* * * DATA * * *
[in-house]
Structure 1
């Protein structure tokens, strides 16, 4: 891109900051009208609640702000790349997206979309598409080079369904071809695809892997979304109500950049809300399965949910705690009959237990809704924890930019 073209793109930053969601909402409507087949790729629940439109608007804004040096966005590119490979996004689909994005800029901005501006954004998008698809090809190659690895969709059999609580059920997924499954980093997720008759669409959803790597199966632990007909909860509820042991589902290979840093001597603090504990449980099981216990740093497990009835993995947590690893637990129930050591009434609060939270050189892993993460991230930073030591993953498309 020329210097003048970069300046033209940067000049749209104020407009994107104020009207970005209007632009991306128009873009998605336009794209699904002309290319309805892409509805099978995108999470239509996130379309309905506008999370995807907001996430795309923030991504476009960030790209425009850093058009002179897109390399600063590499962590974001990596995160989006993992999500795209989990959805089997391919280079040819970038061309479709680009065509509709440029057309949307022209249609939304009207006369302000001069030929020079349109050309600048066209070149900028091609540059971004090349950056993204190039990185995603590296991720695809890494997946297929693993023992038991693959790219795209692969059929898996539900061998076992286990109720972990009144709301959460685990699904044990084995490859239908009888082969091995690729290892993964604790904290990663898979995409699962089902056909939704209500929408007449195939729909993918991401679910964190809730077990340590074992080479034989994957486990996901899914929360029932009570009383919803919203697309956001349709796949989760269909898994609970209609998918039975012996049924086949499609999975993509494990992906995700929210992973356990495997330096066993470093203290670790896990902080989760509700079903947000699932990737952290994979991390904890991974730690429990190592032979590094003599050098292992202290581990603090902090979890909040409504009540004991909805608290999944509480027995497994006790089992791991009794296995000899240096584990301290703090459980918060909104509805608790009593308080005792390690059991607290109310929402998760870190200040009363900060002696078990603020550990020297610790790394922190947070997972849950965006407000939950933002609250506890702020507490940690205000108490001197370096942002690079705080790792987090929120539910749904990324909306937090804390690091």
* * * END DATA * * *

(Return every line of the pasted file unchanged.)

[in-house]
Structure 1
């Protein structure tokens, strides 16, 4: 891109900051009208609640702000790349997206979309598409080079369904071809695809892997979304109500950049809300399965949910705690009959237990809704924890930019 073209793109930053969601909402409507087949790729629940439109608007804004040096966005590119490979996004689909994005800029901005501006954004998008698809090809190659690895969709059999609580059920997924499954980093997720008759669409959803790597199966632990007909909860509820042991589902290979840093001597603090504990449980099981216990740093497990009835993995947590690893637990129930050591009434609060939270050189892993993460991230930073030591993953498309 020329210097003048970069300046033209940067000049749209104020407009994107104020009207970005209007632009991306128009873009998605336009794209699904002309290319309805892409509805099978995108999470239509996130379309309905506008999370995807907001996430795309923030991504476009960030790209425009850093058009002179897109390399600063590499962590974001990596995160989006993992999500795209989990959805089997391919280079040819970038061309479709680009065509509709440029057309949307022209249609939304009207006369302000001069030929020079349109050309600048066209070149900028091609540059971004090349950056993204190039990185995603590296991720695809890494997946297929693993023992038991693959790219795209692969059929898996539900061998076992286990109720972990009144709301959460685990699904044990084995490859239908009888082969091995690729290892993964604790904290990663898979995409699962089902056909939704209500929408007449195939729909993918991401679910964190809730077990340590074992080479034989994957486990996901899914929360029932009570009383919803919203697309956001349709796949989760269909898994609970209609998918039975012996049924086949499609999975993509494990992906995700929210992973356990495997330096066993470093203290670790896990902080989760509700079903947000699932990737952290994979991390904890991974730690429990190592032979590094003599050098292992202290581990603090902090979890909040409504009540004991909805608290999944509480027995497994006790089992791991009794296995000899240096584990301290703090459980918060909104509805608790009593308080005792390690059991607290109310929402998760870190200040009363900060002696078990603020550990020297610790790394922190947070997972849950965006407000939950933002609250506890702020507490940690205000108490001197370096942002690079705080790792987090929120539910749904990324909306937090804390690091």